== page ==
Anti-racism group ‘Kick It Out‘ has criticized Wigan Athletic for prematurely hiring Malky Mackay as manager of the club before the English FA could conclude their investigation into allegations of racist, homophobic and sexist messages sent by the Scot at his previous club.
[RELATED: Wigan hire Mackay]
The 42-year-old Mackay was announced as new manager of the Championship side earlier today after Uwe Rosler was released from his duties last week. The decision by Wigan chairman Dave Whelan to hire Mackay came under immediate fire as the FA has yet to rule on allegations from last summer threatened to derail the Scottish manager’s career.
Those claim stemmed from Mackay’s time at Cardiff City, which ended in controversy last December. Six months later, the findings of an internal investigation at Cardiff were made public alleging Mackay and head of recruitment, Iain Moody, exchanged sexist, racist and homophobic slurs during the tenure at the club.
In response to Whelan’s hiring, Kick It Out made the following statement:
“Wigan Athletic have disregarded the ongoing investigation being undertaken by the FA, and any potential punishment Mackay may face, by taking the decision to appoint him,” a Kick It Out spokesman said. “We need to see leadership from club owners and a respect for the processes in place to demonstrate how seriously they are tackling issues of exclusion, prejudice and discrimination.”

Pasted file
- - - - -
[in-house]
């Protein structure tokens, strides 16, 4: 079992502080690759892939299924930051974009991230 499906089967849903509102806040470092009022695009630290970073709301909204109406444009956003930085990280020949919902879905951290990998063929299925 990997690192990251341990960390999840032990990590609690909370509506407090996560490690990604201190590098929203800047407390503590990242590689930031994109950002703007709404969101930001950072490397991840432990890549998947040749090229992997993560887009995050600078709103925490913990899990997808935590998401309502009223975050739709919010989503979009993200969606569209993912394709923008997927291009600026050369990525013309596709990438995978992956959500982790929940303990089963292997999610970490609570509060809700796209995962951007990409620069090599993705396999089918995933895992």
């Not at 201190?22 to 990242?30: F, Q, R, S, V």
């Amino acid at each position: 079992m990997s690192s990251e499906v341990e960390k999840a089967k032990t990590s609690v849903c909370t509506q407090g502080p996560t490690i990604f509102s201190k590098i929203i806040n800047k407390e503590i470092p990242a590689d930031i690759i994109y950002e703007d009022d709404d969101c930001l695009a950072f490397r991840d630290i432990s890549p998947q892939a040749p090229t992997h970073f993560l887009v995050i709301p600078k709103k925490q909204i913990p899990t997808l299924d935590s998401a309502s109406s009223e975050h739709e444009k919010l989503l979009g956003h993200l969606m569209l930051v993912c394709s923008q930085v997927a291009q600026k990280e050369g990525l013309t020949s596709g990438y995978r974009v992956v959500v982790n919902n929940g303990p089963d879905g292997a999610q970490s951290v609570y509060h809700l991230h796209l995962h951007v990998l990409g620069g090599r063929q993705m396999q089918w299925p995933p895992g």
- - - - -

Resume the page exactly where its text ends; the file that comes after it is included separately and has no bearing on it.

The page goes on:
[RELATED: Mackay text scandal]
In Whelan’s defense, he did contact the FA before hiring Mackay and is satisfied no substantial punishment will be handed down.
“I don’t think there is anything in the pipeline,” the Wigan chairman said. “We have put something in the contract so that the club is protected if the FA does decide to do something but I personally don’t see what there is to investigate. Malky has admitted sending the texts, and accepted he was wrong.”
A risky hire? No doubt. But it’s one Whelan has clearly evaluated and determined to be worth the cost of backlash. More problematic could be the response Whelan will receive from comments he made during an interview with the BBC on Wednesday night when he brushed off the scandal as no big deal.
“What he’s done is tiny really in real terms,” Whelan said. “We all get a name of some description and we don’t take a blind bit of notice.”
Yikes. Went a bit too far there, Dave. Hiring a man who has yet to see due process play out is one thing. But outrightly marginalizing allegations of racist, homophobic and sexist messages as being “tiny” and therefore insignificant, is just plain stupid.